Anyway. Napoli is a dangerous club that has an especially good home-field advantage. Edinson Cavani could present problems for our back line, along with Pandev. They also have, like, five or six of those Argentine-with-Italian-grandparents types who seem to be everywhere now (like Diego Milito or Manu Ginobili). The club sits on 4 points after two matches. If they manage to pick up any points from their two straight matches vs. Bayern, they’re in a great position to advance from the group. But if they lose both games, they’re right back to fighting for their lives. Either way, the November 22 match vs. Manchester City at the Stadio San Paolo looms large.
Pretty gratifying to watch these clowns self-destruct, no? Tevez is getting all the attention, but Dezko also threw his toys out of the pram when he was substituted in the second half (learned that very useful phrase on one of the English football blogs Tuesday night, by the way. Can’t wait to spring that one the wife. I’ll let you know how it goes over). The club is clearly beset by locker room problems, in addition to sitting on a single point and a -2 goal differential after a pair of matches. Even their next match is no easy win: playing vs. a Villarreal club that should finally be at full strength, and coming only a few days before their trip to Old Trafford in the Premier League.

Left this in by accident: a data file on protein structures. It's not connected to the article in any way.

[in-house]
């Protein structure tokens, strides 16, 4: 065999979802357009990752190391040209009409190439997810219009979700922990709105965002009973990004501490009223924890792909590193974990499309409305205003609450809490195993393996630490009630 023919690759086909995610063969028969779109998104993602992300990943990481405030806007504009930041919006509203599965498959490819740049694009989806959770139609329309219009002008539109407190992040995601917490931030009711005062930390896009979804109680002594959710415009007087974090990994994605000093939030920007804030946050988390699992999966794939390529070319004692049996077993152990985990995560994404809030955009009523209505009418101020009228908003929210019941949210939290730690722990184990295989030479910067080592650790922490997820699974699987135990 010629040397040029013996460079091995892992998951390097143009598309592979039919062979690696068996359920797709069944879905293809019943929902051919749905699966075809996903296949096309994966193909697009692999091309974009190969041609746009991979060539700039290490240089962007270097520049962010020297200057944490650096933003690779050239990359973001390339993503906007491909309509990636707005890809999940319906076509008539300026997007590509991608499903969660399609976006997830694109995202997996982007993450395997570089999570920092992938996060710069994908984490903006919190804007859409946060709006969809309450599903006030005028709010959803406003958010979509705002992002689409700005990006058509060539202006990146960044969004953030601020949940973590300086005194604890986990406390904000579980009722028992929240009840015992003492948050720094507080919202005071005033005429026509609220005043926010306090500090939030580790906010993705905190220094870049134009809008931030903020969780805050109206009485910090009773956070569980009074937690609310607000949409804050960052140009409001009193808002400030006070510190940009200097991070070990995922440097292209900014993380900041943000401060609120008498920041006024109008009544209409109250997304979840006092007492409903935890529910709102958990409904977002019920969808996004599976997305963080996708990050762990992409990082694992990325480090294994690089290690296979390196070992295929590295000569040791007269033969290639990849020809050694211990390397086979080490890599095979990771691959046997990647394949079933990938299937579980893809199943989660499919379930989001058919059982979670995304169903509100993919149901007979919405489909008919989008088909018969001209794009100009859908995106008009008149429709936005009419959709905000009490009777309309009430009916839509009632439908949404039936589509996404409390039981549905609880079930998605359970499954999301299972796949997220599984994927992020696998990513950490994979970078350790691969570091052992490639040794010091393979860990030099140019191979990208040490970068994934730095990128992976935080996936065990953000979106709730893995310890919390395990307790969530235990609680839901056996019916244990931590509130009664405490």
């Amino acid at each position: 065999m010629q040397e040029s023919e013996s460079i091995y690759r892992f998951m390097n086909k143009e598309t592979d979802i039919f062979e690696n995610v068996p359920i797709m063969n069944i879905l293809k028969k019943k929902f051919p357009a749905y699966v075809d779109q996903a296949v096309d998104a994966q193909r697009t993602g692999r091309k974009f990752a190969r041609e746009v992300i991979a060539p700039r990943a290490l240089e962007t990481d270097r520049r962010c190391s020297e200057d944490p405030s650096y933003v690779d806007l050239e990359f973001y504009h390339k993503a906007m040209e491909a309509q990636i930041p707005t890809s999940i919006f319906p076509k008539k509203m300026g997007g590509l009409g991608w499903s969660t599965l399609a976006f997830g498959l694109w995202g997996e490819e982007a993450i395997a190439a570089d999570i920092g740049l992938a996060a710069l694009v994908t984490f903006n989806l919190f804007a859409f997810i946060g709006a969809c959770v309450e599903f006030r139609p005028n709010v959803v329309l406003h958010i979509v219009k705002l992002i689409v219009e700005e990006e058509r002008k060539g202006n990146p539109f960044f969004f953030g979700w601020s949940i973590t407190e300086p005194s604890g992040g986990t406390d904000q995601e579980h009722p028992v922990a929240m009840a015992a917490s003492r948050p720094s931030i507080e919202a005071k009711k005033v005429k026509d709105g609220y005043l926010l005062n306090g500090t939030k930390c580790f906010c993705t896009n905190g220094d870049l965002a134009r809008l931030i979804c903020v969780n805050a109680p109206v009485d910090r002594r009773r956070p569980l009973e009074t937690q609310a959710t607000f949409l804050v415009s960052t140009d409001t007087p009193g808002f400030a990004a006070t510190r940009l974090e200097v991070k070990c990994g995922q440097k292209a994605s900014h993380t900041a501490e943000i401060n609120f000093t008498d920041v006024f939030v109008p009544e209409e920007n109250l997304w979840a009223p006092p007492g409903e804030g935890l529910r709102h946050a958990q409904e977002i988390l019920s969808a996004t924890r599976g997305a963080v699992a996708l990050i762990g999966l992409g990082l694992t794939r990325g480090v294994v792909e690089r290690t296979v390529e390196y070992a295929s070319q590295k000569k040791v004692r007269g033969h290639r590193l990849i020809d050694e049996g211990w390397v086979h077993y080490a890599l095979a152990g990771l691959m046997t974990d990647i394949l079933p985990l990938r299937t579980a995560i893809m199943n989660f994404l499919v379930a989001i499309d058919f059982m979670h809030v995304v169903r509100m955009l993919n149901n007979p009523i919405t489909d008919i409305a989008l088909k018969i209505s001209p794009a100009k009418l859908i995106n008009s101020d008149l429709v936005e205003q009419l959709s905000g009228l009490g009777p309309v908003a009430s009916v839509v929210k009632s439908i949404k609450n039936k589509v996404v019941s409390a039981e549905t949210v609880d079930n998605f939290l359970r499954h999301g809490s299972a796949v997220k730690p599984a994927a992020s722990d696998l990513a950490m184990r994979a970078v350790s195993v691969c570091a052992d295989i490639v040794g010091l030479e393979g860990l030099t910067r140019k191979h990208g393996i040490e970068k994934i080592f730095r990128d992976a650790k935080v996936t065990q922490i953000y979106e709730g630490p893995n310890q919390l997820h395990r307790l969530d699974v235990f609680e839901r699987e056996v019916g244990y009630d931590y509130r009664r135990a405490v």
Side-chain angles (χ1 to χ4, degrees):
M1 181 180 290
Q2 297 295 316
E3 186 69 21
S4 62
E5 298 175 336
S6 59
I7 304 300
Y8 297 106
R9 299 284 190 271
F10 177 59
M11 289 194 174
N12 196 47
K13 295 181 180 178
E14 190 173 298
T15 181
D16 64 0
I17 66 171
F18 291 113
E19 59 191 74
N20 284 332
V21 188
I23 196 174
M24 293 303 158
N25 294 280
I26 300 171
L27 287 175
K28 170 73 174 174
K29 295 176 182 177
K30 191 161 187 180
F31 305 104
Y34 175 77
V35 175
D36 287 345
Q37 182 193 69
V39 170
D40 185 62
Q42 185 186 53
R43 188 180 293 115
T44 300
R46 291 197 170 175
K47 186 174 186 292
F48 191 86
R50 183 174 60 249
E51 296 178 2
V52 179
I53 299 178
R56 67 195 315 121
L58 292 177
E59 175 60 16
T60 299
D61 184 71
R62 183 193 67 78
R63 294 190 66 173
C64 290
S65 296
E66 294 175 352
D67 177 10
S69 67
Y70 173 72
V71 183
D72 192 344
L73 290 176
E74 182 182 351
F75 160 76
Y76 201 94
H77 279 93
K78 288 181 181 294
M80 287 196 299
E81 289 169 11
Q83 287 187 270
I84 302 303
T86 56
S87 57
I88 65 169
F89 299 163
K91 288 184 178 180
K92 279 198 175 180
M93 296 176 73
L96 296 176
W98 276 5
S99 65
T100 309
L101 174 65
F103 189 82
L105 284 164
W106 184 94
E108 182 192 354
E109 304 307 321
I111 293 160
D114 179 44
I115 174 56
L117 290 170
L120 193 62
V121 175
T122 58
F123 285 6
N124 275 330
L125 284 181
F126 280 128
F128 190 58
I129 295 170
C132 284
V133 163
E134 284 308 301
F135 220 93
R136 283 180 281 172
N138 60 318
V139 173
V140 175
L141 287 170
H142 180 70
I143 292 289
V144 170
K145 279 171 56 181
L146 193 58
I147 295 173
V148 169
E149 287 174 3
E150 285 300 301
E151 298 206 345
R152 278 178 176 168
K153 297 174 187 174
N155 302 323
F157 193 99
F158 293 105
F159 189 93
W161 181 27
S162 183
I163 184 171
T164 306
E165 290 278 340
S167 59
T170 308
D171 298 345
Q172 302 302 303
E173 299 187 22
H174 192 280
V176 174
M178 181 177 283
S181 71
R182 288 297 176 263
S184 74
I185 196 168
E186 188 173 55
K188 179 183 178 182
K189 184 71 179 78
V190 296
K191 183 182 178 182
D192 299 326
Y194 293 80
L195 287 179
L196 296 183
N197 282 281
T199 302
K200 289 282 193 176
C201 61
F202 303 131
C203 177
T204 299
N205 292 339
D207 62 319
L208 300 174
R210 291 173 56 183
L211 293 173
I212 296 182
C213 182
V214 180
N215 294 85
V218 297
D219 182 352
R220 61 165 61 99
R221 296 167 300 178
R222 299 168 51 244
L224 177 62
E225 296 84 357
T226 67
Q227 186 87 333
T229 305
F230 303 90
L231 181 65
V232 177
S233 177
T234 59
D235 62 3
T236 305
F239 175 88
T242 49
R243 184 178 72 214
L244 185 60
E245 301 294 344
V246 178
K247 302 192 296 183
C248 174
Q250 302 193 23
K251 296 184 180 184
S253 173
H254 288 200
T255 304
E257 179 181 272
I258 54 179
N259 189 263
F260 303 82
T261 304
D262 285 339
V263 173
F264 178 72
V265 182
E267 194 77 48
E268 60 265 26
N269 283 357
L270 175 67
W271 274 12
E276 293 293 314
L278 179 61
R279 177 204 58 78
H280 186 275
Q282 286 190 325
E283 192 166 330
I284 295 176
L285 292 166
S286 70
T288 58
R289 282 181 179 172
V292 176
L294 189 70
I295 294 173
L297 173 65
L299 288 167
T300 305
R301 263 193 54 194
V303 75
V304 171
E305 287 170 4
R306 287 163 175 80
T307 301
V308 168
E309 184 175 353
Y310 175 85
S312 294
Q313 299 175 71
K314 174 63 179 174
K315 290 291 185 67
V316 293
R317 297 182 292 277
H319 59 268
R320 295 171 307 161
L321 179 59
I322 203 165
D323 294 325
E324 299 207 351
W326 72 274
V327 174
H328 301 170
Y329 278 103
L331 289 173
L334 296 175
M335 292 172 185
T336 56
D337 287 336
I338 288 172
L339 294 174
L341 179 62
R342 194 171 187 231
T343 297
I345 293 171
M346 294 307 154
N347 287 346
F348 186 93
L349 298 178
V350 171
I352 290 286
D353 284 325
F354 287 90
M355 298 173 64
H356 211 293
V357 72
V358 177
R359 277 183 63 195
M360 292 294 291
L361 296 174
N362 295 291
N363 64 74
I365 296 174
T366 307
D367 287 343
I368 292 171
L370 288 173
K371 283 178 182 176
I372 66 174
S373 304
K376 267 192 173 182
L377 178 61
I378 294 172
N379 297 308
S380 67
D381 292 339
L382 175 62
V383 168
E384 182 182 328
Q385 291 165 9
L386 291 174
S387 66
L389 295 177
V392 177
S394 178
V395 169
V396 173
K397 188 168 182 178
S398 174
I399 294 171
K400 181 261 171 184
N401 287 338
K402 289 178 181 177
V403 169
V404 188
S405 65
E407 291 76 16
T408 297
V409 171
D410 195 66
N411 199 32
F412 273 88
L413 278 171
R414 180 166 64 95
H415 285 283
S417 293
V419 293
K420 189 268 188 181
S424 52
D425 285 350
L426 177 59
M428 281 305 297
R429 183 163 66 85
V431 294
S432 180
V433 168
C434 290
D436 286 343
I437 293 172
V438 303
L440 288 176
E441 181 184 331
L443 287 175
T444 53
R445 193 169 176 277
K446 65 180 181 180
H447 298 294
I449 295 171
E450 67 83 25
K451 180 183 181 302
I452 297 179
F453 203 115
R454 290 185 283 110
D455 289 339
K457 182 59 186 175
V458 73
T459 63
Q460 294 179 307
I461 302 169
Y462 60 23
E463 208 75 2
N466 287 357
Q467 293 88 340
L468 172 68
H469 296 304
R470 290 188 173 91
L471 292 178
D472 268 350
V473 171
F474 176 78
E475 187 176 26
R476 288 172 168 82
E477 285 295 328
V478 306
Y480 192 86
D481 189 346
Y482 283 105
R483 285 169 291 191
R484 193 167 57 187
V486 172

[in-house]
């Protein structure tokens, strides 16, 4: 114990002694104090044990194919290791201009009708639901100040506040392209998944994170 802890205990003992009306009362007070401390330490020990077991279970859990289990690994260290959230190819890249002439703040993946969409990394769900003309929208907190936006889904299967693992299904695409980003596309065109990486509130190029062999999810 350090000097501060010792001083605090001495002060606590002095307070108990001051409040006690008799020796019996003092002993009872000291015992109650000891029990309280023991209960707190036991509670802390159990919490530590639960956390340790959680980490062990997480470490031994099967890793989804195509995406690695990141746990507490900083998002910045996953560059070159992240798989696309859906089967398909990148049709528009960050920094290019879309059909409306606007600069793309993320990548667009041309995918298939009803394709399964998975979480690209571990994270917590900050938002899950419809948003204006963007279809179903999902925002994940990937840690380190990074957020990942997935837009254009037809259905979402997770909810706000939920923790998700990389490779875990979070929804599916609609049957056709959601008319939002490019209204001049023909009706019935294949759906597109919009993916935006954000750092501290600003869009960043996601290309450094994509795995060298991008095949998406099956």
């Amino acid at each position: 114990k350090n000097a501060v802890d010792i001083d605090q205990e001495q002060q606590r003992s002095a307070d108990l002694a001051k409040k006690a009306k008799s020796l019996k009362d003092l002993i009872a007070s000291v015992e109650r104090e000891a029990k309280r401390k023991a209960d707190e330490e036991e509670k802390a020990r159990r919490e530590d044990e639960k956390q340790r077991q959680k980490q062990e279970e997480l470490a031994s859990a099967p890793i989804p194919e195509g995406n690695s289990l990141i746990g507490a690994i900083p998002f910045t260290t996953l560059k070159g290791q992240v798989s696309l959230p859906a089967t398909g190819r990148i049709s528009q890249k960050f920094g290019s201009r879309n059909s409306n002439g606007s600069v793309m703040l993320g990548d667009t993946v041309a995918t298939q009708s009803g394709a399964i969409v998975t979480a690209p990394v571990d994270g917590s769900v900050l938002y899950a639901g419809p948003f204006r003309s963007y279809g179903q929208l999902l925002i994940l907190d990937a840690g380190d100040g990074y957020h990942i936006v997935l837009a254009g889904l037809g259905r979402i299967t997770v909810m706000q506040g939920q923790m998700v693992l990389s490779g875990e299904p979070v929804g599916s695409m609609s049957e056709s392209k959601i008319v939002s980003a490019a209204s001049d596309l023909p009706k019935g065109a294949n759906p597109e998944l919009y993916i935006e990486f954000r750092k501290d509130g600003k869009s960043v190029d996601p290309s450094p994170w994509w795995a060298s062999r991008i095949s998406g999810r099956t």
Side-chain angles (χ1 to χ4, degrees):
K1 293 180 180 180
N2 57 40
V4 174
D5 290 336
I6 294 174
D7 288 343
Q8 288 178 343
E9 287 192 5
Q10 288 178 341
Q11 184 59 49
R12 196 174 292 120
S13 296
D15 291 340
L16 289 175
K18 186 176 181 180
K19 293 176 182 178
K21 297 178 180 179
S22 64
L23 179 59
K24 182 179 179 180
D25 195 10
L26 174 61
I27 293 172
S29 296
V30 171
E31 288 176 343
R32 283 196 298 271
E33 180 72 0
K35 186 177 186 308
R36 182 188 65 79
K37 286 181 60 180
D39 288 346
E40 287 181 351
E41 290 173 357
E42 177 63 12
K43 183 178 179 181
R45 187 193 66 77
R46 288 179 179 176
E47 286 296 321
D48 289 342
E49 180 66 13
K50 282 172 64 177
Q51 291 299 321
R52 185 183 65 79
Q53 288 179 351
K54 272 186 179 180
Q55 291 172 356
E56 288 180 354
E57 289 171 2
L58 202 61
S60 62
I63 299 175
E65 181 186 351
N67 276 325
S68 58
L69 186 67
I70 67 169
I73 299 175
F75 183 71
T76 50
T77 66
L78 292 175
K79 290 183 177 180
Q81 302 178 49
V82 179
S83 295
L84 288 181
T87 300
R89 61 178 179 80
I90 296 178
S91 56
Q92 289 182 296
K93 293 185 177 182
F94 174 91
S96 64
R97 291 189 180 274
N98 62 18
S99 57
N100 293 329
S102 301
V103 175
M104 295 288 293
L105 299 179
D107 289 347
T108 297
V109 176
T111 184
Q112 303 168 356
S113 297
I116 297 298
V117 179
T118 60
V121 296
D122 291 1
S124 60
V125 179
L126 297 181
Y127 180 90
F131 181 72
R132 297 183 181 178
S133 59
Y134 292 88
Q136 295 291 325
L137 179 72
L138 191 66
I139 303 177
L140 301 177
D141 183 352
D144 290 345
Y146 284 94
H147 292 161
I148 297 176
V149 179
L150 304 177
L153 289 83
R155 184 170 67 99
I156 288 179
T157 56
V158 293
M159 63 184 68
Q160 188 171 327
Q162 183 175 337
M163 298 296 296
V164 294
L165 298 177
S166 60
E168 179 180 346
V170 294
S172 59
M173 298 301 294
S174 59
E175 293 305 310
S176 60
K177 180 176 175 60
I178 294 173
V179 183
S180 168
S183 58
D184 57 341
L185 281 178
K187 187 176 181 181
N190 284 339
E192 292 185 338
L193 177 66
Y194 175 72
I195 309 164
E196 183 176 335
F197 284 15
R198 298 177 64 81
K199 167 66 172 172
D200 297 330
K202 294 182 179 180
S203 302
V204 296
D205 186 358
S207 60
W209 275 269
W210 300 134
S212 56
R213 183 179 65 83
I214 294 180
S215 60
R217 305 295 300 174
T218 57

Nonetheless, I’m not ready to write these guys off yet. Between Kun, Dzeko, Balotelli, Silva, and Nasri, they have enough at the forward and midfield levels to score goals in bunches. There’s still a solid chance they sneak into the knockout stage, and if they get there, they won’t be an easy out.
Of course, nothing’s decided yet, but Villarreal are starting to look like one of those fairly decent clubs that just got unlucky in the group draw. They have two straight vs. a wounded-but-still-dangerous Manchester City side. And, if they actually pick up a win or two to pull themselves back into contention, they travel to the Allianz late in November. They ain’t lookin’ too hot in Spain, either, with just 1 win and 5 goals scored in 5 matches.
Elsewhere Around the Champions League
Just some quick and probably inaccurate impressions:
- Barcelona is still good
- Real Madrid is still good
- Manchester United is playing like garbage, but will probably still advance from a weak group